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Newsletter of the Federal Depository Library Program

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Cumulative Table of Contents Vol. 1 - present [ PDF ] ( includes current issue )

June 15, 2004

GP 3.16/3-2:25/07
(Vol. 25, no. 07)

Science.gov 2.0 Launched

[Text provided by Department of Energy.]

Interagency science portal delivers significant advance in government information retrieval

Science.gov (www.science.gov/), the public’s "go to" Web portal for the vast stores of Federal science information, has made searching for information easier for the user. At a roll-out on May 11, Secretary of Energy Spencer Abraham launched the new search version of Science.gov which includes ranking the relevance of results to the users’ question.

While retaining the content and advances originally unveiled in December 2002, Science.gov 2.0 will search its 47 million pages of government R&D results and present the results to patrons in relevancy-ranked order. This new technology sorts through the government’s reservoirs of research and rapidly returns information in an order more likely to meet patrons’ needs.

The Web portal is made possible through a collaboration of 12 major science agencies forming a coalition called the Science.gov Alliance.

The Department of Energy, which hosts the site through its Office of Scientific and Technical Information, funded the R&D of a new relevancy-ranking technology by a company called Deep Web Technologies. The technology was applied to meta-searches in the deep Web where traditional search engines cannot go.

Secretary of Energy Spencer Abraham on May 11 launched Science.gov 2.0, considered the next major step in government science information retrieval. Secretary Abraham had strong praise for the Alliance members.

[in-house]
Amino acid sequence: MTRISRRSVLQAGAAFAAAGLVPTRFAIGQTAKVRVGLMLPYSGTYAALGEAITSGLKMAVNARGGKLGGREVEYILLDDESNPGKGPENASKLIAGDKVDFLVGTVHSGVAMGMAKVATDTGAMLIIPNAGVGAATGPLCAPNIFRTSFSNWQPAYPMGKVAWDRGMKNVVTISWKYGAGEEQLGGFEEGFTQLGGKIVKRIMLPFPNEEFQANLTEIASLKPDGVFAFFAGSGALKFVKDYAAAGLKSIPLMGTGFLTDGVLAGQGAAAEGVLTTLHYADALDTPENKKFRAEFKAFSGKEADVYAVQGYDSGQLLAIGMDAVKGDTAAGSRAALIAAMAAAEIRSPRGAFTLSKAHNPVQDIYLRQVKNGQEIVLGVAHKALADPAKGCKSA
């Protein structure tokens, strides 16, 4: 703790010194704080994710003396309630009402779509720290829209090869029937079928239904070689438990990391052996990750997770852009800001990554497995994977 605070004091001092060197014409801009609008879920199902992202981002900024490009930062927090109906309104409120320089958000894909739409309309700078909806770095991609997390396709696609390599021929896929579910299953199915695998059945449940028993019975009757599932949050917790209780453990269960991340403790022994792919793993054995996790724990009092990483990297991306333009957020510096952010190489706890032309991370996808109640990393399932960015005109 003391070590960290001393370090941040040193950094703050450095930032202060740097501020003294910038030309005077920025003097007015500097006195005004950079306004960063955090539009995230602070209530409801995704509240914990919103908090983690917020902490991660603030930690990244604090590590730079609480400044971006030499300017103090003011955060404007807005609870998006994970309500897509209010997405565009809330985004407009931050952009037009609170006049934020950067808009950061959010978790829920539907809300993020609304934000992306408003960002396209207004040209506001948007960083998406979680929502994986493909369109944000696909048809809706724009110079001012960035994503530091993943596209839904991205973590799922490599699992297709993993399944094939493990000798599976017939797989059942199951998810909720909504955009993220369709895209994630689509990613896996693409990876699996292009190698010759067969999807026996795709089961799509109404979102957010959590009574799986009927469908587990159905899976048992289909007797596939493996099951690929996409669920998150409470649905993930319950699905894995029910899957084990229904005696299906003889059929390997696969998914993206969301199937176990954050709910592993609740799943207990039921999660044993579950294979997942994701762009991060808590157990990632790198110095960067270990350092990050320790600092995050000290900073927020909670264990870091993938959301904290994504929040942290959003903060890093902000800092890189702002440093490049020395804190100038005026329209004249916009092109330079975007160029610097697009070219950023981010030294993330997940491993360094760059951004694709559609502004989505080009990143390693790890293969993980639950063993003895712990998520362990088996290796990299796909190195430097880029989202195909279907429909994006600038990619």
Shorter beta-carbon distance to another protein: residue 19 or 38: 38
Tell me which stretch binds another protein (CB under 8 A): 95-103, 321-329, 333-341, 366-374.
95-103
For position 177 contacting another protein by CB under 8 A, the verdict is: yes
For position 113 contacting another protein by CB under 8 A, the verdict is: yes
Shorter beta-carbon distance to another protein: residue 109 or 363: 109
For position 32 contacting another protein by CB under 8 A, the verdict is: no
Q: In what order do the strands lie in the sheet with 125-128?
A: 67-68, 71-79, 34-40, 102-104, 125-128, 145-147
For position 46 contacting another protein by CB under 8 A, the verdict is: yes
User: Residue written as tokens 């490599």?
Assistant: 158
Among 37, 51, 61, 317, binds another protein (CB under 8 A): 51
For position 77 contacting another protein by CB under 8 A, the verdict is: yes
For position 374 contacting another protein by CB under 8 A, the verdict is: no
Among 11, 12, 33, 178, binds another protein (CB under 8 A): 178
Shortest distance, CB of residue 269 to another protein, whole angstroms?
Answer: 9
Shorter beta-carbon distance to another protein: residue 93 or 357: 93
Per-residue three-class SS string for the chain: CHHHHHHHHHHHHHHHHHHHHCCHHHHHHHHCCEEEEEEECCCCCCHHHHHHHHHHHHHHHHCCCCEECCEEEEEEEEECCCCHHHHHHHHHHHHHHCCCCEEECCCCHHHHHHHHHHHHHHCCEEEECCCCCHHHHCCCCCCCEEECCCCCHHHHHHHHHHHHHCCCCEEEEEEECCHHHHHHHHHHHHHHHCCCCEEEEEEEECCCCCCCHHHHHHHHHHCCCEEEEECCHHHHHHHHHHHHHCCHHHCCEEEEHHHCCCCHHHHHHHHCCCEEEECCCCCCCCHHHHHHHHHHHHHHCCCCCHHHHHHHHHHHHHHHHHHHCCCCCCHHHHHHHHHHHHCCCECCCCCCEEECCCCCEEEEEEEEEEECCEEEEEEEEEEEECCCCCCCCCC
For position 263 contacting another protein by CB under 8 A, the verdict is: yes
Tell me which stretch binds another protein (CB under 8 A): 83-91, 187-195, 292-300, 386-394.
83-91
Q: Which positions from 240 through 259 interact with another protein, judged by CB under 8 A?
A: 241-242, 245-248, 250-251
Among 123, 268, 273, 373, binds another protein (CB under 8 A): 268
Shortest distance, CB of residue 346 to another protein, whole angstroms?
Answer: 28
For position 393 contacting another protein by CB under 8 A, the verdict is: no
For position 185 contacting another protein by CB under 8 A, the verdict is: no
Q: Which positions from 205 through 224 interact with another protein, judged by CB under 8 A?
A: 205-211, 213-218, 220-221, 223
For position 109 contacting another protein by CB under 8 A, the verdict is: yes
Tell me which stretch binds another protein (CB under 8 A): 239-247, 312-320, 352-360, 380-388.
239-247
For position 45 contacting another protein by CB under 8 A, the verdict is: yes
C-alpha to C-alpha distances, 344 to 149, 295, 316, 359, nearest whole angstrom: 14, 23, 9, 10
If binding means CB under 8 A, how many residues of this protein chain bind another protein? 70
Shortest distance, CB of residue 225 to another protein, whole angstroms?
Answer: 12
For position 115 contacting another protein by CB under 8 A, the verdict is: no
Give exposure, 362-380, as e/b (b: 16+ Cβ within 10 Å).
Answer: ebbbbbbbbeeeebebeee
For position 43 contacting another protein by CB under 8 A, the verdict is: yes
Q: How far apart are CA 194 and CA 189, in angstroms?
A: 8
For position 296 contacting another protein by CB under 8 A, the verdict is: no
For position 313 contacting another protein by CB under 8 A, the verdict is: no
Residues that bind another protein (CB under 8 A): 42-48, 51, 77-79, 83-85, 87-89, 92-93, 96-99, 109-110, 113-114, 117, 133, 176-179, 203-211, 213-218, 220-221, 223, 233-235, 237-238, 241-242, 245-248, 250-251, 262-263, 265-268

"These agencies together have combined innovative technology, forward thinking and hard work to build an invaluable science resource," Secretary Abraham said. "From the most current information on new technologies, to historical research results, to the most promising medical advancements, Science.gov connects citizens to the world of science."

According to Eleanor Frierson, co-chair of the Science.gov Alliance and Deputy Director of the National Agricultural Library, the Version 2.0 advance is one of many yet to come for the government’s FirstGov for science.

"The Science.gov team is already working on Science.gov 3.0, expected in 2005," said Frierson. "We plan to continue collaborating across agencies to further ease public access to science and technology information."

The Science.gov Web portal – considered the one-stop gateway to reliable Federal science and technology information – has grown to provide its unique search capability to 30 databases and 1,700 Web sites. The information at Science.gov is free. No registration is required.

Science.gov allows users to search for information based on subject, rather than by the agency sponsoring it. Visitors to the Web site can access information on an array of science disciplines.

Science.gov is made possible through the collaboration of the Departments of Agriculture, Commerce, Defense, Education, Energy, Health and Human Services and Interior, as well as the Environmental Protection Agency, the Government Printing Office, the National Aeronautics and Space Administration, and the National Science Foundation, with support from the National Archives and Records Administration.

Secretary Abraham, Dr. Raymond L. Orbach, Director of DOE’s Office of Science, and Dr. Walter Warnick, Director of OSTI, spoke at the ceremonial event. On hand were Science.gov Alliance co-chairs Frierson and Tom Lahr, Deputy Chief, Biologic Informatics Program, US Geological Survey.

Also in attendance were Bruce James, Public Printer of the United States, Government Printing Office and Dr. Rodney Brown, Deputy Under Secretary of Research, Education and Economics at the United States Department of Agriculture.

About 100 people attended the ceremony held at the Forrestal Building in Washington, DC.